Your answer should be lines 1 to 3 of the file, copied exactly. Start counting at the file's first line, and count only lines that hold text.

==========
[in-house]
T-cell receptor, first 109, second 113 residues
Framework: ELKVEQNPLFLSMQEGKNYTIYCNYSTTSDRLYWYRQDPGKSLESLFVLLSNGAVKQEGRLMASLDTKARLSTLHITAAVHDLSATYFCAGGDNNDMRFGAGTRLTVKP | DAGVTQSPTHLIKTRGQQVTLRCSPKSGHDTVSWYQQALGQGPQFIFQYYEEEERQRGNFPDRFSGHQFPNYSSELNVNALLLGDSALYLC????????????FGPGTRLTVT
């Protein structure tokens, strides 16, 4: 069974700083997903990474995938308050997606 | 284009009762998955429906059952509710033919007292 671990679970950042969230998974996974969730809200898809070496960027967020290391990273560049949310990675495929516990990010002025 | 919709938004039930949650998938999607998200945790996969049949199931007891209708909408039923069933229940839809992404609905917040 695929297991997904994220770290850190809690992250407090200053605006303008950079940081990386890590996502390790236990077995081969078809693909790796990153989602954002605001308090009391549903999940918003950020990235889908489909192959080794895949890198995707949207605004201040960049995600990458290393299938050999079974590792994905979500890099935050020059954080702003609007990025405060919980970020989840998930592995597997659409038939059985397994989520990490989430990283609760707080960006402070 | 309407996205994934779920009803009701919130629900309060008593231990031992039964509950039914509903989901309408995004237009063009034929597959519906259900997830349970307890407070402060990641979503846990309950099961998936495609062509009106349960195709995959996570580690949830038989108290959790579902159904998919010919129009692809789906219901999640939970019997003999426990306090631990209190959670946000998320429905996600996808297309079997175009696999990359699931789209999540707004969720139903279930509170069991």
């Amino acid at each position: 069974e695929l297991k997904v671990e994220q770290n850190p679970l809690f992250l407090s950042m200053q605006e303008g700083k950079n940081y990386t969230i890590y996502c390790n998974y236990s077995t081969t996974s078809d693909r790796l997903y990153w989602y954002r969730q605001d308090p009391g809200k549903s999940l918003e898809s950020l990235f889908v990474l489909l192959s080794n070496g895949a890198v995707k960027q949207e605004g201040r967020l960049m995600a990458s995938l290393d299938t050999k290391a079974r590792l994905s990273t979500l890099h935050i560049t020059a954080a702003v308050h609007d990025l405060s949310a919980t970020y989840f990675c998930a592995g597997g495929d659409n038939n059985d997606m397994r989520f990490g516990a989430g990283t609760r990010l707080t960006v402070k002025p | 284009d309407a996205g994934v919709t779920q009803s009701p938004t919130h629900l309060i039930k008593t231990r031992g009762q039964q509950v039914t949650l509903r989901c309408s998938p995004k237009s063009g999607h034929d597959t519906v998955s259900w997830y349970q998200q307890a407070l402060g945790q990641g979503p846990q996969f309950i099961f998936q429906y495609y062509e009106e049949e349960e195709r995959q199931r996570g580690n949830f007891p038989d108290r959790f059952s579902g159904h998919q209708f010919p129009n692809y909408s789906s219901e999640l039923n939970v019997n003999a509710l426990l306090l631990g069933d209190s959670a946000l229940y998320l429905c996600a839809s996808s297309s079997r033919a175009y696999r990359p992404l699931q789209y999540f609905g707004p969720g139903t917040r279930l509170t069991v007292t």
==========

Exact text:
[in-house]
T-cell receptor, first 109, second 113 residues
Framework: ELKVEQNPLFLSMQEGKNYTIYCNYSTTSDRLYWYRQDPGKSLESLFVLLSNGAVKQEGRLMASLDTKARLSTLHITAAVHDLSATYFCAGGDNNDMRFGAGTRLTVKP | DAGVTQSPTHLIKTRGQQVTLRCSPKSGHDTVSWYQQALGQGPQFIFQYYEEEERQRGNFPDRFSGHQFPNYSSELNVNALLLGDSALYLC????????????FGPGTRLTVT